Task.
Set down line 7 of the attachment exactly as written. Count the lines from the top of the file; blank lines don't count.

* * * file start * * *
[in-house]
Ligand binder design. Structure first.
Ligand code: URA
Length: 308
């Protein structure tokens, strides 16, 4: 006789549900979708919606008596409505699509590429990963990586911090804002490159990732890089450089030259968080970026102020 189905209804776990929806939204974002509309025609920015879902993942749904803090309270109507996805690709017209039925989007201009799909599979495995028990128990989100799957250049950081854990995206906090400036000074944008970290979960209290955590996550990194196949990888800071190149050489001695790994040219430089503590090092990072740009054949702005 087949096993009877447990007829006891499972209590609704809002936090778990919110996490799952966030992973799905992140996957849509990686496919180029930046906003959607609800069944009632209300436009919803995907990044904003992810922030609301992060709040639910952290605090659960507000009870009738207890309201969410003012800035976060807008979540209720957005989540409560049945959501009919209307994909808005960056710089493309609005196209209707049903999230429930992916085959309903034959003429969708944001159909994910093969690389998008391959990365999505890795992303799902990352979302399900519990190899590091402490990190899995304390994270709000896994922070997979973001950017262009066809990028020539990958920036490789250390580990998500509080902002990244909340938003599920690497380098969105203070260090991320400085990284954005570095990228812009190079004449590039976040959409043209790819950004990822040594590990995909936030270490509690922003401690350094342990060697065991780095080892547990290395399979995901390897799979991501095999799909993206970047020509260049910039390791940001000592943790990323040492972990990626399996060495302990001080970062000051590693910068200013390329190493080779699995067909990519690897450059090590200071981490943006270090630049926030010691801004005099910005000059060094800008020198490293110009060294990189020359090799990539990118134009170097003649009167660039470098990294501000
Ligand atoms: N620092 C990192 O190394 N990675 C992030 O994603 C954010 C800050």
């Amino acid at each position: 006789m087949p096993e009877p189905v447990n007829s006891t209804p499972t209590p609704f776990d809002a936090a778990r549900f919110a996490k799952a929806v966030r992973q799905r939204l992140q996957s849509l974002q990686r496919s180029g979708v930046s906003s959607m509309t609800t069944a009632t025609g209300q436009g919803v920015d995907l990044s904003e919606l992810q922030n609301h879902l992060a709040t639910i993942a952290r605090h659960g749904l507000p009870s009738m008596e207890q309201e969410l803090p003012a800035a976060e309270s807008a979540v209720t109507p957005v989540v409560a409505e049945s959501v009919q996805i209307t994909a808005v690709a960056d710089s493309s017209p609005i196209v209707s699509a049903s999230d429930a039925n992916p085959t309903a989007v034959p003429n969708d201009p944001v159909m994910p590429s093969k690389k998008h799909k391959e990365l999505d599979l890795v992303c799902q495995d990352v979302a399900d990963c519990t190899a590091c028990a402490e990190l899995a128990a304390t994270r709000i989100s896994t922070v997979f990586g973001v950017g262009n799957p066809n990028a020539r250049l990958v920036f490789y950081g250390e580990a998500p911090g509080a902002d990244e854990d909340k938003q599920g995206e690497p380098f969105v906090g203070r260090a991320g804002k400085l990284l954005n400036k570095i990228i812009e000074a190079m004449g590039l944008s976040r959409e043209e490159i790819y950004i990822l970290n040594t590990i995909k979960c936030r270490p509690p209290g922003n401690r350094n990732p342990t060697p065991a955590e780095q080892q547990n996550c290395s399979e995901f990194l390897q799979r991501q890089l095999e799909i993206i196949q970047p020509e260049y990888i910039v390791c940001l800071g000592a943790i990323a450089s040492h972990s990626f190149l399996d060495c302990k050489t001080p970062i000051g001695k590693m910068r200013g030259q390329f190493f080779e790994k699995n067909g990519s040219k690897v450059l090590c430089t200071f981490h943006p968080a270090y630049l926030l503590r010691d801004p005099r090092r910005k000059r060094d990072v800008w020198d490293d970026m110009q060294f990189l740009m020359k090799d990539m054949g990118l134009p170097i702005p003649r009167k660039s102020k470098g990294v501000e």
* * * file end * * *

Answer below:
């Amino acid at each position: 006789m087949p096993e009877p189905v447990n007829s006891t209804p499972t209590p609704f776990d809002a936090a778990r549900f919110a996490k799952a929806v966030r992973q799905r939204l992140q996957s849509l974002q990686r496919s180029g979708v930046s906003s959607m509309t609800t069944a009632t025609g209300q436009g919803v920015d995907l990044s904003e919606l992810q922030n609301h879902l992060a709040t639910i993942a952290r605090h659960g749904l507000p009870s009738m008596e207890q309201e969410l803090p003012a800035a976060e309270s807008a979540v209720t109507p957005v989540v409560a409505e049945s959501v009919q996805i209307t994909a808005v690709a960056d710089s493309s017209p609005i196209v209707s699509a049903s999230d429930a039925n992916p085959t309903a989007v034959p003429n969708d201009p944001v159909m994910p590429s093969k690389k998008h799909k391959e990365l999505d599979l890795v992303c799902q495995d990352v979302a399900d990963c519990t190899a590091c028990a402490e990190l899995a128990a304390t994270r709000i989100s896994t922070v997979f990586g973001v950017g262009n799957p066809n990028a020539r250049l990958v920036f490789y950081g250390e580990a998500p911090g509080a902002d990244e854990d909340k938003q599920g995206e690497p380098f969105v906090g203070r260090a991320g804002k400085l990284l954005n400036k570095i990228i812009e000074a190079m004449g590039l944008s976040r959409e043209e490159i790819y950004i990822l970290n040594t590990i995909k979960c936030r270490p509690p209290g922003n401690r350094n990732p342990t060697p065991a955590e780095q080892q547990n996550c290395s399979e995901f990194l390897q799979r991501q890089l095999e799909i993206i196949q970047p020509e260049y990888i910039v390791c940001l800071g000592a943790i990323a450089s040492h972990s990626f190149l399996d060495c302990k050489t001080p970062i000051g001695k590693m910068r200013g030259q390329f190493f080779e790994k699995n067909g990519s040219k690897v450059l090590c430089t200071f981490h943006p968080a270090y630049l926030l503590r010691d801004p005099r090092r910005k000059r060094d990072v800008w020198d490293d970026m110009q060294f990189l740009m020359k090799d990539m054949g990118l134009p170097i702005p003649r009167k660039s102020k470098g990294v501000e």